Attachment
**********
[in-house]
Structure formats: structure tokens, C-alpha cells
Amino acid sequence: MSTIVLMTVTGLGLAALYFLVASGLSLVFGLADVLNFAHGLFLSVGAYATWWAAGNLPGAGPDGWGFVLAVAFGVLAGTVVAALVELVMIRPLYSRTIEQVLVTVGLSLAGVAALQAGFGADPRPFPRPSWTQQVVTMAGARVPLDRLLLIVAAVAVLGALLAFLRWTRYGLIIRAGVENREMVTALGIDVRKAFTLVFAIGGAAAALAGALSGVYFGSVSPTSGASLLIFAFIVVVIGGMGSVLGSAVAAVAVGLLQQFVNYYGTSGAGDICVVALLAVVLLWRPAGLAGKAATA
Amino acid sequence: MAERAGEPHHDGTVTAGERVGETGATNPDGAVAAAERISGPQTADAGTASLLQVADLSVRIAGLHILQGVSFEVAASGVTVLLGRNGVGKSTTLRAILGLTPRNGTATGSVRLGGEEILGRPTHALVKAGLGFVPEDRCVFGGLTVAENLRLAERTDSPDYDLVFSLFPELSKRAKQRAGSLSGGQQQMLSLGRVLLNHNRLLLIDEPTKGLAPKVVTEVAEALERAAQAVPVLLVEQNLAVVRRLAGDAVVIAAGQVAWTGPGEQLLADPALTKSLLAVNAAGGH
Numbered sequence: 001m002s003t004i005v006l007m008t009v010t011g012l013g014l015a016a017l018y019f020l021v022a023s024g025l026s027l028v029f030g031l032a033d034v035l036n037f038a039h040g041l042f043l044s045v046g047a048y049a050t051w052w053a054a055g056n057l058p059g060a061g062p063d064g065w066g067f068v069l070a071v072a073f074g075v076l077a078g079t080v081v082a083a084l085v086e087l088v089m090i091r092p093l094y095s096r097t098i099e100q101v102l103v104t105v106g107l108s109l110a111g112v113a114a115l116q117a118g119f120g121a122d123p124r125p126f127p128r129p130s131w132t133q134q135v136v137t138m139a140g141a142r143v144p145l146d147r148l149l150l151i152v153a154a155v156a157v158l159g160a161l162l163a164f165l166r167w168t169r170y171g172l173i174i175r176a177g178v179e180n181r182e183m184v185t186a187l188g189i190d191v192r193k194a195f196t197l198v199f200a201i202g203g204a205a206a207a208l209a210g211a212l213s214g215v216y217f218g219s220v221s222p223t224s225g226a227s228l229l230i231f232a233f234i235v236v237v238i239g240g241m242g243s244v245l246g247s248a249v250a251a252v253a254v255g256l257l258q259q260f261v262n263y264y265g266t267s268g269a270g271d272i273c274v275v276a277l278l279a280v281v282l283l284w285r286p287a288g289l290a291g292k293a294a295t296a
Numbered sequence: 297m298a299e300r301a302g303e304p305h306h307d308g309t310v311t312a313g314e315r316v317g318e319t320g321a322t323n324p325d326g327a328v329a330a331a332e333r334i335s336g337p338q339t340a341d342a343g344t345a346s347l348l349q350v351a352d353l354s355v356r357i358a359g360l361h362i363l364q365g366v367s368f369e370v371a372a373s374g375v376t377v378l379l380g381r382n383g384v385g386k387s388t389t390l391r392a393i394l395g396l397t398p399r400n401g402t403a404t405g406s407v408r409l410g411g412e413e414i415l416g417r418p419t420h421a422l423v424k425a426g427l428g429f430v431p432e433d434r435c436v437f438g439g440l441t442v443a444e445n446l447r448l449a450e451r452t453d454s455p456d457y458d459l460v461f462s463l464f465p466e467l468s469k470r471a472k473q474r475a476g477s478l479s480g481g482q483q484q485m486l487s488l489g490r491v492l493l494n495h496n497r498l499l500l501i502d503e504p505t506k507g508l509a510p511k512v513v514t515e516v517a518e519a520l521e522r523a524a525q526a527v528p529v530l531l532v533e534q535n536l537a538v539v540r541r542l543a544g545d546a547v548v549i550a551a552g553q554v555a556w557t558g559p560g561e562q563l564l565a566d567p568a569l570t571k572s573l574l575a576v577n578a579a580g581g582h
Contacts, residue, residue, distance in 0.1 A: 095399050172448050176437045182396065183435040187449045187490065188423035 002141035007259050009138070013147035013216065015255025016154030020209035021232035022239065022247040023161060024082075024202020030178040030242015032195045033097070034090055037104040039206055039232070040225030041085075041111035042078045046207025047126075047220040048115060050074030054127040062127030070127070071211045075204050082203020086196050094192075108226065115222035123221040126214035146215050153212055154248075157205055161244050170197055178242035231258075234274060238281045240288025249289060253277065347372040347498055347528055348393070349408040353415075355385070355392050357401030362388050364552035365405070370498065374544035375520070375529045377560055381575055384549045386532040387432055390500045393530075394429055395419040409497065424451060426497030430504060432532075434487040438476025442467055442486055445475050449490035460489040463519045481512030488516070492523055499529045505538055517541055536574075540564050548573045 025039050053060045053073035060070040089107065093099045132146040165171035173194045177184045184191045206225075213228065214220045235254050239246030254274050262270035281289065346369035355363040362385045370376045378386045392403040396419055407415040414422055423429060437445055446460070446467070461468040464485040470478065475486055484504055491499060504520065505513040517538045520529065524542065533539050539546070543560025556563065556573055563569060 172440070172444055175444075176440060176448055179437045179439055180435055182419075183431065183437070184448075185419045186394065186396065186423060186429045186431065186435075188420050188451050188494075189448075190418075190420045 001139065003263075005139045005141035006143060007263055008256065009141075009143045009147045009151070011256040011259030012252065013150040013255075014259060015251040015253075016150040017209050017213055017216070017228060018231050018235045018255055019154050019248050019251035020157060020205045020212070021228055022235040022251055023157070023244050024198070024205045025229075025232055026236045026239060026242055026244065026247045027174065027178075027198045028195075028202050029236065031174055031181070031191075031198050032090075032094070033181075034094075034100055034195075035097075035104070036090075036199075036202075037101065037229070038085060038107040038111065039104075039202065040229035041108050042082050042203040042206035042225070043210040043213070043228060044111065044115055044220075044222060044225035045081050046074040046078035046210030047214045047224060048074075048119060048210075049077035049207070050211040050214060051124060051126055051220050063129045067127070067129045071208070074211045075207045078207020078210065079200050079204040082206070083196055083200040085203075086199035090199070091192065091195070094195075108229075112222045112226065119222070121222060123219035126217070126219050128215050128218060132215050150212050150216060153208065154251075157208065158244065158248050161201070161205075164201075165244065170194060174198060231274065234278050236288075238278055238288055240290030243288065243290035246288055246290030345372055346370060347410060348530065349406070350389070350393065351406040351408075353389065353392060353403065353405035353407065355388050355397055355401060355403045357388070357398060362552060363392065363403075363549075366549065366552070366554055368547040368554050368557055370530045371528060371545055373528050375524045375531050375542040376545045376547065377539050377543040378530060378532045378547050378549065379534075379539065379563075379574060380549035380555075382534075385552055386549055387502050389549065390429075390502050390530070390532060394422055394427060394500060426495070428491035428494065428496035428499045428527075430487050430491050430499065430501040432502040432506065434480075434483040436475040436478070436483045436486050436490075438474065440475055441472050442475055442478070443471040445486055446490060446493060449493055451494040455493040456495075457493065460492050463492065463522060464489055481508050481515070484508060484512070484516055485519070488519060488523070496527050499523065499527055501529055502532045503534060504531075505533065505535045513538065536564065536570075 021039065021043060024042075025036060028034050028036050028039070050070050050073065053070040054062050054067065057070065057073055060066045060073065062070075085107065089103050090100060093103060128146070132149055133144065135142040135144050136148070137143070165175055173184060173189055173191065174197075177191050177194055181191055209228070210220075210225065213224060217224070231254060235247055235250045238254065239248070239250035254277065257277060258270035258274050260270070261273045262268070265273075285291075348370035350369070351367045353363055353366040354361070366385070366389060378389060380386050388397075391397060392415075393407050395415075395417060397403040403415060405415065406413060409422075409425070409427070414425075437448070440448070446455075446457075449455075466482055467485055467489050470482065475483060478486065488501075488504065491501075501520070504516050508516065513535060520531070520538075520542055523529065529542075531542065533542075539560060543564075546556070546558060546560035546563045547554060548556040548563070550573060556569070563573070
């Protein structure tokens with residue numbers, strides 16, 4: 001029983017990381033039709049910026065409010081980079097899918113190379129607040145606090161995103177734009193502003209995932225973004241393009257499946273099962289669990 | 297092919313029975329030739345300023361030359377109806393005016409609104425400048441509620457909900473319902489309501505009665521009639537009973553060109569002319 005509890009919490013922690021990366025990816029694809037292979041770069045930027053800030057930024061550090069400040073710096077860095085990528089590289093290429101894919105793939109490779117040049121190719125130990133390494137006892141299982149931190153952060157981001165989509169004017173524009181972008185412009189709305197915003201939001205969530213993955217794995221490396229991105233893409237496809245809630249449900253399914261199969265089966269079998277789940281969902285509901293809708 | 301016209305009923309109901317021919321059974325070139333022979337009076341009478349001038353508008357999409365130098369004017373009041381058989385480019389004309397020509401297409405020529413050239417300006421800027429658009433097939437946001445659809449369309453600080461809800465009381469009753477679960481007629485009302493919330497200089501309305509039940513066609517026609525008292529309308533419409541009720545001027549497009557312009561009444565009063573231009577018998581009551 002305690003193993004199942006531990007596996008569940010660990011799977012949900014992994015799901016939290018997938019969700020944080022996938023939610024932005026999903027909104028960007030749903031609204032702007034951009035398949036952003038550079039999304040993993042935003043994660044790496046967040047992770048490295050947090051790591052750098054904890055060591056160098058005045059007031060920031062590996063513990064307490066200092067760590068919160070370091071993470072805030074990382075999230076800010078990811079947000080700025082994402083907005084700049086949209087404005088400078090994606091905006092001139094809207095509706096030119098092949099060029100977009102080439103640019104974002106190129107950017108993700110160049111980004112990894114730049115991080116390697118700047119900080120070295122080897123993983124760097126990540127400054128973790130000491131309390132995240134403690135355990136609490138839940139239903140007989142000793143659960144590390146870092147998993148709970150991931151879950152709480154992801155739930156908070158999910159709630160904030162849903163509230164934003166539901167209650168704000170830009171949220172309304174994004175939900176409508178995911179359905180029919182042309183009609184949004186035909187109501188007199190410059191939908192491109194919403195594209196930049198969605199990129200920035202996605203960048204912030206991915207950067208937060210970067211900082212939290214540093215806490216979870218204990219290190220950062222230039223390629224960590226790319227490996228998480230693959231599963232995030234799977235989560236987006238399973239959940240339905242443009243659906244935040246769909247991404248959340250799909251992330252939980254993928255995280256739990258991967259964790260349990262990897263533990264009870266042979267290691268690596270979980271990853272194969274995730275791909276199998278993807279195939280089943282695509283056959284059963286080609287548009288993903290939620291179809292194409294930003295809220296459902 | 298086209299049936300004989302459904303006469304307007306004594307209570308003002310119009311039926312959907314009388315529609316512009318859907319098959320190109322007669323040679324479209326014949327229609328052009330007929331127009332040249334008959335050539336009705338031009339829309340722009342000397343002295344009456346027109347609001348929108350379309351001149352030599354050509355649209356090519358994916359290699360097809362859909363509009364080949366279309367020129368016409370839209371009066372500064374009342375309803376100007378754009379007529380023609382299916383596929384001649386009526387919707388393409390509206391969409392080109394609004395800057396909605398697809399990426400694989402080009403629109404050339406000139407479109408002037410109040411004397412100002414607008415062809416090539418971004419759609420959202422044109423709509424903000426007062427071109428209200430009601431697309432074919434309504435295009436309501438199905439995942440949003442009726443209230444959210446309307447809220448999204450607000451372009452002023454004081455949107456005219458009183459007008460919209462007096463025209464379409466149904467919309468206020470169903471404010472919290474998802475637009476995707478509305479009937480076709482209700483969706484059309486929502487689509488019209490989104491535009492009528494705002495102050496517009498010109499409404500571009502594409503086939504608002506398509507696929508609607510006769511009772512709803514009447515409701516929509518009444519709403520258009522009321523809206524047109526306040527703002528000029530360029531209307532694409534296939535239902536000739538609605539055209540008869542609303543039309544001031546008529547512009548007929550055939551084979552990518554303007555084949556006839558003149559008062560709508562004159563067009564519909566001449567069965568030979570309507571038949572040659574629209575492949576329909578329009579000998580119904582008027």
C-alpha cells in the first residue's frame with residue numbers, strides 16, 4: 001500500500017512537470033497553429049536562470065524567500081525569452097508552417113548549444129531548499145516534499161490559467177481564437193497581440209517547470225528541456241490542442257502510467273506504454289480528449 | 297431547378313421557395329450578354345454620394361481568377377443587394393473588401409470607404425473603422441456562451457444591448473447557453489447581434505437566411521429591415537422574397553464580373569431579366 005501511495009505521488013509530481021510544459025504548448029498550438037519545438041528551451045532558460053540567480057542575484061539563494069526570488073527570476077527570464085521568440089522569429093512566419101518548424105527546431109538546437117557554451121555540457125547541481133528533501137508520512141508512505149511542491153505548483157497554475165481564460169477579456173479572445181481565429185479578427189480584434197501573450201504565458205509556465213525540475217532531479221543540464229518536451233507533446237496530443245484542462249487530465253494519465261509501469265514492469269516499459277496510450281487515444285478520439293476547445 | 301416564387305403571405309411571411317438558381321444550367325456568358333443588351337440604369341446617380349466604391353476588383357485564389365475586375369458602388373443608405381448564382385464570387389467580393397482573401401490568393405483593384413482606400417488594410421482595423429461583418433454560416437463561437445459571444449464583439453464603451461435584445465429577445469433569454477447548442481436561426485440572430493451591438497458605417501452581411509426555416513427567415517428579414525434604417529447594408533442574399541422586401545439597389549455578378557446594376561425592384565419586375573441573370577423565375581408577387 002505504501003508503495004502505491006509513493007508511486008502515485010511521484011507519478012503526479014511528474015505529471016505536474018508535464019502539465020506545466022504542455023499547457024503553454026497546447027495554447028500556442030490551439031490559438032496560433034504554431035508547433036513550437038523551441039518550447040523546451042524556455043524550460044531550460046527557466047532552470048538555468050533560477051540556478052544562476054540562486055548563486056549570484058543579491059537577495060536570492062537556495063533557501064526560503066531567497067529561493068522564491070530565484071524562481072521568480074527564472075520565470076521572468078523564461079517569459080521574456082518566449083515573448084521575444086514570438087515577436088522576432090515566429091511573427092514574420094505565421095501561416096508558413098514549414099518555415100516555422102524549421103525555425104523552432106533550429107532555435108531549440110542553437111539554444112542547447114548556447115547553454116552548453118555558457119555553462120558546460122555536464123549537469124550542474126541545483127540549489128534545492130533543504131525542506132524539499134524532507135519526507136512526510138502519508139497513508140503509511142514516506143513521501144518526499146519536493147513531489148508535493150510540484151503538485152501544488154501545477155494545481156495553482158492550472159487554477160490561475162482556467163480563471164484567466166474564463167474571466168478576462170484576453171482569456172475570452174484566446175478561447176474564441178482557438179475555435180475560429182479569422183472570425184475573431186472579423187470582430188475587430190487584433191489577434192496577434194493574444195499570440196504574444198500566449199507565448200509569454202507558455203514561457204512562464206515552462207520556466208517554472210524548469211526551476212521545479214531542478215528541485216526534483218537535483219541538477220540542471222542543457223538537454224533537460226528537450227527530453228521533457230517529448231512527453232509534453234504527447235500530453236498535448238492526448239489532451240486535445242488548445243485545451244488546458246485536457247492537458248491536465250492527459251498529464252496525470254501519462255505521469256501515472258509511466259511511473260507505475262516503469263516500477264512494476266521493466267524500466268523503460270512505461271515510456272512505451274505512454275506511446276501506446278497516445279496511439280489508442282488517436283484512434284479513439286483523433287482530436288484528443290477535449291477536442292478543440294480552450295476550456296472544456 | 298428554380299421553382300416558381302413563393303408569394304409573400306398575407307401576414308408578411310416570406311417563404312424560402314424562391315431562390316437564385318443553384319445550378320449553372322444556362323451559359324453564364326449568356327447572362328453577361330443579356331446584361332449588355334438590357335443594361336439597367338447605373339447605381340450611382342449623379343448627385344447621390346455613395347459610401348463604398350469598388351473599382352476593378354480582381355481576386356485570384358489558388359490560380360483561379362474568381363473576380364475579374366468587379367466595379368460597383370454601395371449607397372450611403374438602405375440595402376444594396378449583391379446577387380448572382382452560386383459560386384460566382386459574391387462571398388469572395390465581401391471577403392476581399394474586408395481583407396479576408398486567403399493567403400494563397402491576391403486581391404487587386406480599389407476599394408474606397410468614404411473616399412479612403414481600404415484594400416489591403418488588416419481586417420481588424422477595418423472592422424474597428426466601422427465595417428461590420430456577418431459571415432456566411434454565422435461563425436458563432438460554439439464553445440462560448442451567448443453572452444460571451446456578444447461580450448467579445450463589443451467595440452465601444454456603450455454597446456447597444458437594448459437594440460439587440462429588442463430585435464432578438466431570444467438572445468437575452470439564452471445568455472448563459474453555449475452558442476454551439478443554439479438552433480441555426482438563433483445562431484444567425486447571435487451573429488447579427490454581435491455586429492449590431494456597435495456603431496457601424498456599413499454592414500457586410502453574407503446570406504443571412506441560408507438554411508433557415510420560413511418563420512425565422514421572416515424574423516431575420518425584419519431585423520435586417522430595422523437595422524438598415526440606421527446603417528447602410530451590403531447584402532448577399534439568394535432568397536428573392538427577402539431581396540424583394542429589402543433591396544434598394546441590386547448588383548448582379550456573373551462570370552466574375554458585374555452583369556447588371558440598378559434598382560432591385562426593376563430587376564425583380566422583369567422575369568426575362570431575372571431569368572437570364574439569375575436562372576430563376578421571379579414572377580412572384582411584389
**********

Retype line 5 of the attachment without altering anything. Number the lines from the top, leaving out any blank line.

Numbered sequence: 001m002s003t004i005v006l007m008t009v010t011g012l013g014l015a016a017l018y019f020l021v022a023s024g025l026s027l028v029f030g031l032a033d034v035l036n037f038a039h040g041l042f043l044s045v046g047a048y049a050t051w052w053a054a055g056n057l058p059g060a061g062p063d064g065w066g067f068v069l070a071v072a073f074g075v076l077a078g079t080v081v082a083a084l085v086e087l088v089m090i091r092p093l094y095s096r097t098i099e100q101v102l103v104t105v106g107l108s109l110a111g112v113a114a115l116q117a118g119f120g121a122d123p124r125p126f127p128r129p130s131w132t133q134q135v136v137t138m139a140g141a142r143v144p145l146d147r148l149l150l151i152v153a154a155v156a157v158l159g160a161l162l163a164f165l166r167w168t169r170y171g172l173i174i175r176a177g178v179e180n181r182e183m184v185t186a187l188g189i190d191v192r193k194a195f196t197l198v199f200a201i202g203g204a205a206a207a208l209a210g211a212l213s214g215v216y217f218g219s220v221s222p223t224s225g226a227s228l229l230i231f232a233f234i235v236v237v238i239g240g241m242g243s244v245l246g247s248a249v250a251a252v253a254v255g256l257l258q259q260f261v262n263y264y265g266t267s268g269a270g271d272i273c274v275v276a277l278l279a280v281v282l283l284w285r286p287a288g289l290a291g292k293a294a295t296a